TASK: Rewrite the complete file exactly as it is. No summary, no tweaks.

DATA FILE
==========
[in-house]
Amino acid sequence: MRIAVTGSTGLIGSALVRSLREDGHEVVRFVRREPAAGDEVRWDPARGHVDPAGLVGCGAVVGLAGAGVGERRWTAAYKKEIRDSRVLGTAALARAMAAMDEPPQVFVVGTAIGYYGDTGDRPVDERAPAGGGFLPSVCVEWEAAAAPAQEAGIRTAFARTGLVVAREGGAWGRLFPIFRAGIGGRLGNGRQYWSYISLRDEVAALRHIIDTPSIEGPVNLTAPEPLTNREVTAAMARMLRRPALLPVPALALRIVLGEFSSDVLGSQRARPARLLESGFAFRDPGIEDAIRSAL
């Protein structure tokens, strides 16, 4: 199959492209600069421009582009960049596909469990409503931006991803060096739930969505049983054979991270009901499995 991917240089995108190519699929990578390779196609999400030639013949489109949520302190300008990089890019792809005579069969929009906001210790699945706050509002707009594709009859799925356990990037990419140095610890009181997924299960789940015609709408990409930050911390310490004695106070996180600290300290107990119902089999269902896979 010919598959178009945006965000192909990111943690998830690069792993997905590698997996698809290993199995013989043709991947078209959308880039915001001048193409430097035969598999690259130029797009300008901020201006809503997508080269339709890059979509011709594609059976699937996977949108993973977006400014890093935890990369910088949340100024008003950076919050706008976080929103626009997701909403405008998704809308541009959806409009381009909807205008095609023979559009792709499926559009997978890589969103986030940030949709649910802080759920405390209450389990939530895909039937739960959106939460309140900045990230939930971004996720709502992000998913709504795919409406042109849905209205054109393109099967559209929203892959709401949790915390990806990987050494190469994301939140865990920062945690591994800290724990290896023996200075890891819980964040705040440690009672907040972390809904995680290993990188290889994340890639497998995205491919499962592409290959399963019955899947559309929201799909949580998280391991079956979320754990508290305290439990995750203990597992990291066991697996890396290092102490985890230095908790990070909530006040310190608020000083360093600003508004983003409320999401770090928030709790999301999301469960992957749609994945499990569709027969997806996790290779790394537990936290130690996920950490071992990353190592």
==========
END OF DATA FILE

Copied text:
[in-house]
Amino acid sequence: MRIAVTGSTGLIGSALVRSLREDGHEVVRFVRREPAAGDEVRWDPARGHVDPAGLVGCGAVVGLAGAGVGERRWTAAYKKEIRDSRVLGTAALARAMAAMDEPPQVFVVGTAIGYYGDTGDRPVDERAPAGGGFLPSVCVEWEAAAAPAQEAGIRTAFARTGLVVAREGGAWGRLFPIFRAGIGGRLGNGRQYWSYISLRDEVAALRHIIDTPSIEGPVNLTAPEPLTNREVTAAMARMLRRPALLPVPALALRIVLGEFSSDVLGSQRARPARLLESGFAFRDPGIEDAIRSAL
């Protein structure tokens, strides 16, 4: 199959492209600069421009582009960049596909469990409503931006991803060096739930969505049983054979991270009901499995 991917240089995108190519699929990578390779196609999400030639013949489109949520302190300008990089890019792809005579069969929009906001210790699945706050509002707009594709009859799925356990990037990419140095610890009181997924299960789940015609709408990409930050911390310490004695106070996180600290300290107990119902089999269902896979 010919598959178009945006965000192909990111943690998830690069792993997905590698997996698809290993199995013989043709991947078209959308880039915001001048193409430097035969598999690259130029797009300008901020201006809503997508080269339709890059979509011709594609059976699937996977949108993973977006400014890093935890990369910088949340100024008003950076919050706008976080929103626009997701909403405008998704809308541009959806409009381009909807205008095609023979559009792709499926559009997978890589969103986030940030949709649910802080759920405390209450389990939530895909039937739960959106939460309140900045990230939930971004996720709502992000998913709504795919409406042109849905209205054109393109099967559209929203892959709401949790915390990806990987050494190469994301939140865990920062945690591994800290724990290896023996200075890891819980964040705040440690009672907040972390809904995680290993990188290889994340890639497998995205491919499962592409290959399963019955899947559309929201799909949580998280391991079956979320754990508290305290439990995750203990597992990291066991697996890396290092102490985890230095908790990070909530006040310190608020000083360093600003508004983003409320999401770090928030709790999301999301469960992957749609994945499990569709027969997806996790290779790394537990936290130690996920950490071992990353190592």